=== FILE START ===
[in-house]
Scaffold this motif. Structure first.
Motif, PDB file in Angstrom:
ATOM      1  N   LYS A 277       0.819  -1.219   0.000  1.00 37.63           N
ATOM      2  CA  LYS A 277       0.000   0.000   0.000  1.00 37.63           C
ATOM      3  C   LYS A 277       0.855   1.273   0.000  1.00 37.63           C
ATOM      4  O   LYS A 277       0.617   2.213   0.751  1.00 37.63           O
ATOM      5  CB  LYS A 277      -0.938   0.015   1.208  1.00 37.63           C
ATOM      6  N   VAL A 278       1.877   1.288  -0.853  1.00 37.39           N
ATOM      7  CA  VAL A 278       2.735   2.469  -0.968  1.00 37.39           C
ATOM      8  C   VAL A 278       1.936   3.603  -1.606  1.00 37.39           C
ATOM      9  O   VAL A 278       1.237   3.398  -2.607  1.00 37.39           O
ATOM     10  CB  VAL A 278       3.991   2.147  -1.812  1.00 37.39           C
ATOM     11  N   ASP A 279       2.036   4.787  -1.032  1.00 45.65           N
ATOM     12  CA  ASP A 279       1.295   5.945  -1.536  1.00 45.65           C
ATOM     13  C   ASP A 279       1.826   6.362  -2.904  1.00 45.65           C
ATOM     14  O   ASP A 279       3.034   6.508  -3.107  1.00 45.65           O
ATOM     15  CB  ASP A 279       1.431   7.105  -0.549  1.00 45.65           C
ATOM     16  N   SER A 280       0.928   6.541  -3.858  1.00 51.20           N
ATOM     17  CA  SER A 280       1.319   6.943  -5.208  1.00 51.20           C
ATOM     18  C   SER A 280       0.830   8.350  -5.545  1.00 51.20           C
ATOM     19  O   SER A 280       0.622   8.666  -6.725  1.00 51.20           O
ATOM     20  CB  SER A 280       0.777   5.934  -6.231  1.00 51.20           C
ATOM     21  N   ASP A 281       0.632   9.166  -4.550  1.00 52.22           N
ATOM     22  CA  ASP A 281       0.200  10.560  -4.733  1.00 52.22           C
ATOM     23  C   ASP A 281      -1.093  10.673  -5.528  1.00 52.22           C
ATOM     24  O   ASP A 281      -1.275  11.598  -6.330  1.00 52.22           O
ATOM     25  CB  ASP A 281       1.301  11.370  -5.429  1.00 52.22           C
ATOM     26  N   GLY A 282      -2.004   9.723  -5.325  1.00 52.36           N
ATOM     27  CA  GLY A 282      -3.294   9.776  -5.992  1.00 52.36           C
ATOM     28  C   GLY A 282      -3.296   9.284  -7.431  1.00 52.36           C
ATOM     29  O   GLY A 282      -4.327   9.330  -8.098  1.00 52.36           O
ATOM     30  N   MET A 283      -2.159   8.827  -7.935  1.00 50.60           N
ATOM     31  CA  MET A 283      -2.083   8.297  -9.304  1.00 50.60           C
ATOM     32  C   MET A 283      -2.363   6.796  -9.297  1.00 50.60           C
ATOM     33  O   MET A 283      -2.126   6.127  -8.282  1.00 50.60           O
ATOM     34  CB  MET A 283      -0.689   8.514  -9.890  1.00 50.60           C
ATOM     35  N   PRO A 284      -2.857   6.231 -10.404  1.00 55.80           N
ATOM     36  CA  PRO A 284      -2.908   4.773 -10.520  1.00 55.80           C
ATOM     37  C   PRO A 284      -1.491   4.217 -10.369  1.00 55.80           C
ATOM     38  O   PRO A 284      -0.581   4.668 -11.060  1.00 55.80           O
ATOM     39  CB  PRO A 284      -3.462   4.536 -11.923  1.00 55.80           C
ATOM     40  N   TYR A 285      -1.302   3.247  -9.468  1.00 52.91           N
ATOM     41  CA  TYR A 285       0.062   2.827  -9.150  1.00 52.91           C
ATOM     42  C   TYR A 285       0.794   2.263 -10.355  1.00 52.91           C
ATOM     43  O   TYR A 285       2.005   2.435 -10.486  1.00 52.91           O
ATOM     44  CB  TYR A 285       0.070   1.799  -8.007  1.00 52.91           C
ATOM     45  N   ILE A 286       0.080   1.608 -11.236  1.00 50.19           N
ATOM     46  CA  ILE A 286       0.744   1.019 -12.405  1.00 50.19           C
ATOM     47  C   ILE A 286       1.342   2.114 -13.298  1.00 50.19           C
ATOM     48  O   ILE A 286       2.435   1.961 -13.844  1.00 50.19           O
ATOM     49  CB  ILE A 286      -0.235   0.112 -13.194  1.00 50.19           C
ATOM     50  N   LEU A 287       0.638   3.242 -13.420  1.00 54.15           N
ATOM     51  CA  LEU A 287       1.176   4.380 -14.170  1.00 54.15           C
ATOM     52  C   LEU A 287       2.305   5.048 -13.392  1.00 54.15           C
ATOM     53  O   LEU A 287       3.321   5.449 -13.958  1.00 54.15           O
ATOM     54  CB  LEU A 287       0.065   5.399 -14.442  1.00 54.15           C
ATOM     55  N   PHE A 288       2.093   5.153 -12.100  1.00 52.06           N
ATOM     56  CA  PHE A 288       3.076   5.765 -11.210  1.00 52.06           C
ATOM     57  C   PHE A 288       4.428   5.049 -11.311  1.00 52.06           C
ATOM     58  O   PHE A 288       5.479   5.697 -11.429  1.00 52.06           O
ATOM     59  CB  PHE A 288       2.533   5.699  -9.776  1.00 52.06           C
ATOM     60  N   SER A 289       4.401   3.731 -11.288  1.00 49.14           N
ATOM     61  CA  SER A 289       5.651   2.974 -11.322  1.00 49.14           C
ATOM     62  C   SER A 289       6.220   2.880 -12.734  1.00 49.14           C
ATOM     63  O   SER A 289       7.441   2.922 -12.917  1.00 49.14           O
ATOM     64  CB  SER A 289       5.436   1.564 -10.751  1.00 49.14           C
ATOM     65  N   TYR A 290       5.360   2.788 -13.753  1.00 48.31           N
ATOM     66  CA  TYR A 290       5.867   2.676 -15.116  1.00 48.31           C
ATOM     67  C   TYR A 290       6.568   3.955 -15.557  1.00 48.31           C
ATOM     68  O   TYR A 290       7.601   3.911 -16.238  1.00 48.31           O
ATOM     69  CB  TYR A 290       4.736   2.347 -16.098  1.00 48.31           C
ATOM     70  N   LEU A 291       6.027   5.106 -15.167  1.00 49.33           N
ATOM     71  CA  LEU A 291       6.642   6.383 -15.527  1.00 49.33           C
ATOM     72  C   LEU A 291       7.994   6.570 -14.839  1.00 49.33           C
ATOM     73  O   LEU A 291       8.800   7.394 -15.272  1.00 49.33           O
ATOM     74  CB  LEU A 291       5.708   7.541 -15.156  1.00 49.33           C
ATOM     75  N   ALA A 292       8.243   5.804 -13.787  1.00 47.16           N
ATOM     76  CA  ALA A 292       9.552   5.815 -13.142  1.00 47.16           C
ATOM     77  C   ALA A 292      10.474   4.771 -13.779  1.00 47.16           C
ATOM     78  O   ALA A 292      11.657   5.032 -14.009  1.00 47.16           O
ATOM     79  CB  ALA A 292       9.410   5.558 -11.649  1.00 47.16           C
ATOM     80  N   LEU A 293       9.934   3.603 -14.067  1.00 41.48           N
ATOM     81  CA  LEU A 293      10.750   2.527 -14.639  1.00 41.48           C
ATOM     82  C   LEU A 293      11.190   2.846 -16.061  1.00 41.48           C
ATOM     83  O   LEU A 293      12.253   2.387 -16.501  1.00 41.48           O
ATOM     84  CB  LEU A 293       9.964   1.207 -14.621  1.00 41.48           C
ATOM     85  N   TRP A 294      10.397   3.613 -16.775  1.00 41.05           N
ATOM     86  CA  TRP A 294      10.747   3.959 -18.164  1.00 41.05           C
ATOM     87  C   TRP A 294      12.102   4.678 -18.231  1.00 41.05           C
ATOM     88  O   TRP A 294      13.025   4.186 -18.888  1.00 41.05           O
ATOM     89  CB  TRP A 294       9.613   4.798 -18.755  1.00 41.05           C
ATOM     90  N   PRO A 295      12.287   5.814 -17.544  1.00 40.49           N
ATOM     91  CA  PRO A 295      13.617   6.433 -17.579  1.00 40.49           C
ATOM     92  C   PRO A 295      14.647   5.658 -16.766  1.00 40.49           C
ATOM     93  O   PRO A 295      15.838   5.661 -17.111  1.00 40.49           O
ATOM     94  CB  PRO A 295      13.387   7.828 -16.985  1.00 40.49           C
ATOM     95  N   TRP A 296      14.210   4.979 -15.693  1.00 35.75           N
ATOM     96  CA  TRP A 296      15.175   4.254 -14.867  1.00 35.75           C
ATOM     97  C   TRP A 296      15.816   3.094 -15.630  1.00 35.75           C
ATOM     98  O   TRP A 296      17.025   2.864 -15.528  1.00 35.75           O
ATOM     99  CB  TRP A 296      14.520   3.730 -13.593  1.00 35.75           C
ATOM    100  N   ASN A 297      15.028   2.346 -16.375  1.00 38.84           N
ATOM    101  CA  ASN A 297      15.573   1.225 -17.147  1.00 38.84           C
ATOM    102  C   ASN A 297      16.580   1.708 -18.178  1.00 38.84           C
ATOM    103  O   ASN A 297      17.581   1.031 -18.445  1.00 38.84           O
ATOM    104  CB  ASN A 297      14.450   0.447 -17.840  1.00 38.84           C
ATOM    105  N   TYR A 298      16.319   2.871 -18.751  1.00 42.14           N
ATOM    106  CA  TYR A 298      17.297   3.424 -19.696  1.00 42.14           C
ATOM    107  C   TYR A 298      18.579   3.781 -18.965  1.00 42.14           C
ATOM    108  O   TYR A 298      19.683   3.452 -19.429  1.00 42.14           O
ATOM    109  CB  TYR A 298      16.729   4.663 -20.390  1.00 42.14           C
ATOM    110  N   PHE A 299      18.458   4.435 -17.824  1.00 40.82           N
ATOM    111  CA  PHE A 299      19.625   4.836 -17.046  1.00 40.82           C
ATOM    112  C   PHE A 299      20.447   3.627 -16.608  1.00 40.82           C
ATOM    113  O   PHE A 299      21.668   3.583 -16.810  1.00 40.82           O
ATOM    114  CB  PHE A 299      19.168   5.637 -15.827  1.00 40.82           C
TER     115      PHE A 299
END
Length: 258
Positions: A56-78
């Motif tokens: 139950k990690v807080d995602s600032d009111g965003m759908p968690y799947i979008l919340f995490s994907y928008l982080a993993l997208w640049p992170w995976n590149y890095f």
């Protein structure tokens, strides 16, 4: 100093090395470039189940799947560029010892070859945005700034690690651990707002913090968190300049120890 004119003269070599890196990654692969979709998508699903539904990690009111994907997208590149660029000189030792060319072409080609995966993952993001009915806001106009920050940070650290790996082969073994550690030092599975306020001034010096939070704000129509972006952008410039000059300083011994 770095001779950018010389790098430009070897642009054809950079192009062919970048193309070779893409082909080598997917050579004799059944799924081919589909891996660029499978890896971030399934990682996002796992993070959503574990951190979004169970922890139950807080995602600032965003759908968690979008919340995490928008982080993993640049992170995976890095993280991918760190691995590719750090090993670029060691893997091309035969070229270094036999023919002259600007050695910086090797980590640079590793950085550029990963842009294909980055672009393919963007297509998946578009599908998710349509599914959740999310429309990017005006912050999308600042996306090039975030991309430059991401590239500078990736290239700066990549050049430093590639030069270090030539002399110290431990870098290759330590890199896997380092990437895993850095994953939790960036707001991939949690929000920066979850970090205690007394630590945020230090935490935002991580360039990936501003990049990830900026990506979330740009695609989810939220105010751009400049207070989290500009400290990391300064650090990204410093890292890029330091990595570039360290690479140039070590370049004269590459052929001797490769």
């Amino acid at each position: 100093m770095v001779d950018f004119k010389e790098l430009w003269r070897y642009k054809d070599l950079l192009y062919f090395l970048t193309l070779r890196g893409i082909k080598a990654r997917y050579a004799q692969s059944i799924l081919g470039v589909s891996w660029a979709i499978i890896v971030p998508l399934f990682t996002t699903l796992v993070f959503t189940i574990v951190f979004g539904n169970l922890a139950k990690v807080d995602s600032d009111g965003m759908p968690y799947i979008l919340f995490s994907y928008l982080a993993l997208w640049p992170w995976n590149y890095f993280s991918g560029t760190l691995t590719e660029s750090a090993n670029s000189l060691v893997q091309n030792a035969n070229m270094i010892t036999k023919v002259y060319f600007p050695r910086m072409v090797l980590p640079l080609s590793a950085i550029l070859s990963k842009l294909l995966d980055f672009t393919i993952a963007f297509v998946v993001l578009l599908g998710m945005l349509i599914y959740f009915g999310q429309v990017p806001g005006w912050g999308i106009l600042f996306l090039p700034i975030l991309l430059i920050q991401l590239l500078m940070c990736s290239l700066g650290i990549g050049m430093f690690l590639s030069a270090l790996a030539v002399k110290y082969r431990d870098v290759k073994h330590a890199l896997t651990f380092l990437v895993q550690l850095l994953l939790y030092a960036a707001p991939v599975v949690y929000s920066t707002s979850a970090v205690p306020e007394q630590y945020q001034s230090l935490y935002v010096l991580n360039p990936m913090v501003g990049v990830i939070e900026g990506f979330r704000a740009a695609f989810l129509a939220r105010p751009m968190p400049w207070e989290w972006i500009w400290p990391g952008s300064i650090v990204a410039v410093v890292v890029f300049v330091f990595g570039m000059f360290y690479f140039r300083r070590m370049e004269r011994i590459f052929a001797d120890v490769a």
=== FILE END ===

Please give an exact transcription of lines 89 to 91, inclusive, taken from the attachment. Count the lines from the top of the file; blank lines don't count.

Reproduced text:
ATOM     86  CA  TRP A 294      10.747   3.959 -18.164  1.00 41.05           C
ATOM     87  C   TRP A 294      12.102   4.678 -18.231  1.00 41.05           C
ATOM     88  O   TRP A 294      13.025   4.186 -18.888  1.00 41.05           O